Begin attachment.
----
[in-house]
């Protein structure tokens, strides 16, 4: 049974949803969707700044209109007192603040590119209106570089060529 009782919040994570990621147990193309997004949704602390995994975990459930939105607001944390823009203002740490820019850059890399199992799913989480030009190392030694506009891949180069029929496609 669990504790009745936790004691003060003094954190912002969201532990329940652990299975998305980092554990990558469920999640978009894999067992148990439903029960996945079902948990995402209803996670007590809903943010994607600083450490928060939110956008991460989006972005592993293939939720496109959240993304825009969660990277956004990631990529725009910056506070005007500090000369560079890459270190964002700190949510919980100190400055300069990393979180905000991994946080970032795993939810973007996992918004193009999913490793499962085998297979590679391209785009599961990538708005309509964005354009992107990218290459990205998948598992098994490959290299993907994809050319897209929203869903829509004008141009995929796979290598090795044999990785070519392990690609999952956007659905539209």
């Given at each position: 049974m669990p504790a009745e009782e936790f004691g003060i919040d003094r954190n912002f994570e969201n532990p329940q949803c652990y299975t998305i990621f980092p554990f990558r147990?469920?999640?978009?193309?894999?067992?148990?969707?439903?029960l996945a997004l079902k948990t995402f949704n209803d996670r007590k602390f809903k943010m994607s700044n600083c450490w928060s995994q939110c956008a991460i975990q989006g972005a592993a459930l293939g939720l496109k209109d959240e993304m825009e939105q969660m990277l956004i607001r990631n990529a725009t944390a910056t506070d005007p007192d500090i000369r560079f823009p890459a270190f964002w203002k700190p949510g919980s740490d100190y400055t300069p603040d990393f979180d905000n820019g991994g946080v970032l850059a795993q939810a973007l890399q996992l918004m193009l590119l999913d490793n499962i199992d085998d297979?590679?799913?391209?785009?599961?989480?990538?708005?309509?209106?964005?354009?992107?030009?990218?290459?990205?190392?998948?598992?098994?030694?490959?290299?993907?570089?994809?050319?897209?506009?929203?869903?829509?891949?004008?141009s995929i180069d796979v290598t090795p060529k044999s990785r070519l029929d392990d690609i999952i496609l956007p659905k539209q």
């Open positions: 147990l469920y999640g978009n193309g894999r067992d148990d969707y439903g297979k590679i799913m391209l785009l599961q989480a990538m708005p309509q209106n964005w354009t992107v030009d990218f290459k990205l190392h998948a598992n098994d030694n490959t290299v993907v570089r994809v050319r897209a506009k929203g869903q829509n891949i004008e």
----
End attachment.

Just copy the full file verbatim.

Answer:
[in-house]
């Protein structure tokens, strides 16, 4: 049974949803969707700044209109007192603040590119209106570089060529 009782919040994570990621147990193309997004949704602390995994975990459930939105607001944390823009203002740490820019850059890399199992799913989480030009190392030694506009891949180069029929496609 669990504790009745936790004691003060003094954190912002969201532990329940652990299975998305980092554990990558469920999640978009894999067992148990439903029960996945079902948990995402209803996670007590809903943010994607600083450490928060939110956008991460989006972005592993293939939720496109959240993304825009969660990277956004990631990529725009910056506070005007500090000369560079890459270190964002700190949510919980100190400055300069990393979180905000991994946080970032795993939810973007996992918004193009999913490793499962085998297979590679391209785009599961990538708005309509964005354009992107990218290459990205998948598992098994490959290299993907994809050319897209929203869903829509004008141009995929796979290598090795044999990785070519392990690609999952956007659905539209």
């Given at each position: 049974m669990p504790a009745e009782e936790f004691g003060i919040d003094r954190n912002f994570e969201n532990p329940q949803c652990y299975t998305i990621f980092p554990f990558r147990?469920?999640?978009?193309?894999?067992?148990?969707?439903?029960l996945a997004l079902k948990t995402f949704n209803d996670r007590k602390f809903k943010m994607s700044n600083c450490w928060s995994q939110c956008a991460i975990q989006g972005a592993a459930l293939g939720l496109k209109d959240e993304m825009e939105q969660m990277l956004i607001r990631n990529a725009t944390a910056t506070d005007p007192d500090i000369r560079f823009p890459a270190f964002w203002k700190p949510g919980s740490d100190y400055t300069p603040d990393f979180d905000n820019g991994g946080v970032l850059a795993q939810a973007l890399q996992l918004m193009l590119l999913d490793n499962i199992d085998d297979?590679?799913?391209?785009?599961?989480?990538?708005?309509?209106?964005?354009?992107?030009?990218?290459?990205?190392?998948?598992?098994?030694?490959?290299?993907?570089?994809?050319?897209?506009?929203?869903?829509?891949?004008?141009s995929i180069d796979v290598t090795p060529k044999s990785r070519l029929d392990d690609i999952i496609l956007p659905k539209q």
């Open positions: 147990l469920y999640g978009n193309g894999r067992d148990d969707y439903g297979k590679i799913m391209l785009l599961q989480a990538m708005p309509q209106n964005w354009t992107v030009d990218f290459k990205l190392h998948a598992n098994d030694n490959t290299v993907v570089r994809v050319r897209a506009k929203g869903q829509n891949i004008e």